- In 2013, FDI into Indonesia, Malaysia, the Philippines, Singapore and Thailand, known as the ASEAN 5, grew by 7% to US$128.4 billion.
- FDI inflows into Asia have grown by nearly 30% since 2009, and reached US$400 billion as of 2012. This accounted for 30% of global FDI flows. A study by the Asian Development Bank suggests that by 2050, Asia could account for half of global GDP, trade and investment.
Second, infrastructure spending in the region is expected to increase. In Southeast Asia alone, nearly US$1 trillion of infrastructure investment will be needed through 2020. India also presents a significant infrastructure business opportunity. India’s infrastructure sector potential is estimated to require US$ 1 trillion in funding from 2012 to 2017.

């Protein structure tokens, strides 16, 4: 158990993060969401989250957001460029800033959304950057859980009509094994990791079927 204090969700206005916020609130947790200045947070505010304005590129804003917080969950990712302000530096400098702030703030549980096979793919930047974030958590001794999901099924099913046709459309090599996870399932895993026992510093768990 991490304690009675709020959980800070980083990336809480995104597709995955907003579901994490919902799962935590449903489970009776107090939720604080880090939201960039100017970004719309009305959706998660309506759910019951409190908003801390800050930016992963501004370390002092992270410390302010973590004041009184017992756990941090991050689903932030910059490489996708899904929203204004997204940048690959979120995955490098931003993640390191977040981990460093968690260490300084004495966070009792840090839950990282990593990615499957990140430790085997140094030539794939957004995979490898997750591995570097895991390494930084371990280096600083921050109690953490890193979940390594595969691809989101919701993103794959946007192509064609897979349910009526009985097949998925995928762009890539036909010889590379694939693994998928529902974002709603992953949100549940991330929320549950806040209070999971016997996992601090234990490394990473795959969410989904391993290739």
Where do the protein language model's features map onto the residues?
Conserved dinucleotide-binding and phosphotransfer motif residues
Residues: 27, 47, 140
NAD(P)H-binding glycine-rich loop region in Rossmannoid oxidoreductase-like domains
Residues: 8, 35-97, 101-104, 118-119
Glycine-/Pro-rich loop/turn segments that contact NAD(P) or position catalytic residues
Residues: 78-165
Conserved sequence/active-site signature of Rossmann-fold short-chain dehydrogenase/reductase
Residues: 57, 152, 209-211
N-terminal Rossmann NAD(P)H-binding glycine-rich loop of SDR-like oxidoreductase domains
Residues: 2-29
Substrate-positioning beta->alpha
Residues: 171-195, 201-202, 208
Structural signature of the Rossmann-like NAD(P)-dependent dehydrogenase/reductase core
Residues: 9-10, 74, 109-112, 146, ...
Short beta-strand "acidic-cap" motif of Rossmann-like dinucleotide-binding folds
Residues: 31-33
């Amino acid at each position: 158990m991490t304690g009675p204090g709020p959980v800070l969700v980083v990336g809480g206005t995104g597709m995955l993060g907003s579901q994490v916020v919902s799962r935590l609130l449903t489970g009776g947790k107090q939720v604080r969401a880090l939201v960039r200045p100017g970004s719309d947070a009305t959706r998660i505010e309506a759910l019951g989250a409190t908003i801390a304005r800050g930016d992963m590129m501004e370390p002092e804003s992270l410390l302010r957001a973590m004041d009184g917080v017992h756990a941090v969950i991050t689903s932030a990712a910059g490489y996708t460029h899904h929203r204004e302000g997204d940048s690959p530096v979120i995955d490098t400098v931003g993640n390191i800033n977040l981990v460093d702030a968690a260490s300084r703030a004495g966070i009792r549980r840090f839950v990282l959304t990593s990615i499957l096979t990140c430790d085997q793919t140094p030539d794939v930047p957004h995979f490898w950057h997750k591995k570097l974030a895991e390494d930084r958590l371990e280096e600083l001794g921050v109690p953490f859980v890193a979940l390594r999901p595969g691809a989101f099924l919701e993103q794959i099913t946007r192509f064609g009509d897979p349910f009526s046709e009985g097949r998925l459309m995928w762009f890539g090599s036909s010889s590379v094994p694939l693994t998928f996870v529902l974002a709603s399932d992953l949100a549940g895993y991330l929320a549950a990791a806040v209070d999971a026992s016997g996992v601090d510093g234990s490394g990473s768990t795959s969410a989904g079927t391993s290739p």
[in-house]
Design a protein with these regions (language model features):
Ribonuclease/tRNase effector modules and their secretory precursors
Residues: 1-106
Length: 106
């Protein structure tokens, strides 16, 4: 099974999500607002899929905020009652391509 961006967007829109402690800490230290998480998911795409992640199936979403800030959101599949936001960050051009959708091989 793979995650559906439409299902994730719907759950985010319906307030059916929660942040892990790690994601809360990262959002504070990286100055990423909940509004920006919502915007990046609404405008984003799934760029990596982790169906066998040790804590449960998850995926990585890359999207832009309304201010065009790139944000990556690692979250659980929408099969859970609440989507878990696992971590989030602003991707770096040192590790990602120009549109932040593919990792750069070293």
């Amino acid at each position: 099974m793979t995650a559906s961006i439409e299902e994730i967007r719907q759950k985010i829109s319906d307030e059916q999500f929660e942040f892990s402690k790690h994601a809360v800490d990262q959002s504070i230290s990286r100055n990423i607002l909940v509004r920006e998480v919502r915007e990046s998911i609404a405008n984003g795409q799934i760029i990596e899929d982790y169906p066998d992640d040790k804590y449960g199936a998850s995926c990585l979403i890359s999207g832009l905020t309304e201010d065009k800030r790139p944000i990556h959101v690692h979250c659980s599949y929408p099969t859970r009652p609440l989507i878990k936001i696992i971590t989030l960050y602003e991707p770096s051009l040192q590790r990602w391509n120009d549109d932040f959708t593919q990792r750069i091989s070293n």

- Third, the negotiations for several multilateral trade agreements which are currently underway will boost trade flows in the region.
- ASEAN is working towards the ASEAN Economic Community or AEC. The AEC will integrate and transform ASEAN into a single regional market with freer flows of goods, services, investment, skilled labour and capital.
- Another game changing multilateral agreement in the works is the Trans-Pacific Partnership (“TPP”). The TPP is envisioned as a comprehensive trade agreement that will tackle not only issues such as trade liberalisation in goods, services, investments and government procurement, but will also include areas such as intellectual property rights, technical barriers to trade and competition policy. The 12 TPP countries which include the US, Australia, Japan and Singapore, represent 40% of global GDP and about one-third of all world trade.